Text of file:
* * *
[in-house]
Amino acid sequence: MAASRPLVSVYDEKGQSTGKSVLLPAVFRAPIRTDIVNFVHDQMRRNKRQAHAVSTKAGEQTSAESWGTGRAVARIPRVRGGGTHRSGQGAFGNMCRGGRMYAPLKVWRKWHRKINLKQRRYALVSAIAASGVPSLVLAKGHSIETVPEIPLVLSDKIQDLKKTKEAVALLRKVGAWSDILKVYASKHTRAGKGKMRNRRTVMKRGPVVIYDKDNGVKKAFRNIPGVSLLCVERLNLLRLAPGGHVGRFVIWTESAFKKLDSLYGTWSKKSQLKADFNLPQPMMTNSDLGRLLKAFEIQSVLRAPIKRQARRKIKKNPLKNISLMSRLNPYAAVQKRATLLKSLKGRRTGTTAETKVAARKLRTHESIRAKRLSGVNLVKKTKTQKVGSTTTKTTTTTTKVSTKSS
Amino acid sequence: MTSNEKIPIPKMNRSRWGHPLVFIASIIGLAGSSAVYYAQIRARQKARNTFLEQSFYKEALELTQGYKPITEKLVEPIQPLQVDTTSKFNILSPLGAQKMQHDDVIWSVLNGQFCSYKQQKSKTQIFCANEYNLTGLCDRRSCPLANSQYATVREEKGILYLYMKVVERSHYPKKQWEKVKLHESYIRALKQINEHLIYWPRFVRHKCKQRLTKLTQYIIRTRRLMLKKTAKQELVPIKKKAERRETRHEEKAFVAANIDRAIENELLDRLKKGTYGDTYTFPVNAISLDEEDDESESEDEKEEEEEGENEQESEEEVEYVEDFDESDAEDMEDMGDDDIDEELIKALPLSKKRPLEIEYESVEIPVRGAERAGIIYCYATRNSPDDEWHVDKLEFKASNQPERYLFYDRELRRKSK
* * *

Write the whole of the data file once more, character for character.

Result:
[in-house]
Amino acid sequence: MAASRPLVSVYDEKGQSTGKSVLLPAVFRAPIRTDIVNFVHDQMRRNKRQAHAVSTKAGEQTSAESWGTGRAVARIPRVRGGGTHRSGQGAFGNMCRGGRMYAPLKVWRKWHRKINLKQRRYALVSAIAASGVPSLVLAKGHSIETVPEIPLVLSDKIQDLKKTKEAVALLRKVGAWSDILKVYASKHTRAGKGKMRNRRTVMKRGPVVIYDKDNGVKKAFRNIPGVSLLCVERLNLLRLAPGGHVGRFVIWTESAFKKLDSLYGTWSKKSQLKADFNLPQPMMTNSDLGRLLKAFEIQSVLRAPIKRQARRKIKKNPLKNISLMSRLNPYAAVQKRATLLKSLKGRRTGTTAETKVAARKLRTHESIRAKRLSGVNLVKKTKTQKVGSTTTKTTTTTTKVSTKSS
Amino acid sequence: MTSNEKIPIPKMNRSRWGHPLVFIASIIGLAGSSAVYYAQIRARQKARNTFLEQSFYKEALELTQGYKPITEKLVEPIQPLQVDTTSKFNILSPLGAQKMQHDDVIWSVLNGQFCSYKQQKSKTQIFCANEYNLTGLCDRRSCPLANSQYATVREEKGILYLYMKVVERSHYPKKQWEKVKLHESYIRALKQINEHLIYWPRFVRHKCKQRLTKLTQYIIRTRRLMLKKTAKQELVPIKKKAERRETRHEEKAFVAANIDRAIENELLDRLKKGTYGDTYTFPVNAISLDEEDDESESEDEKEEEEEGENEQESEEEVEYVEDFDESDAEDMEDMGDDDIDEELIKALPLSKKRPLEIEYESVEIPVRGAERAGIIYCYATRNSPDDEWHVDKLEFKASNQPERYLFYDRELRRKSK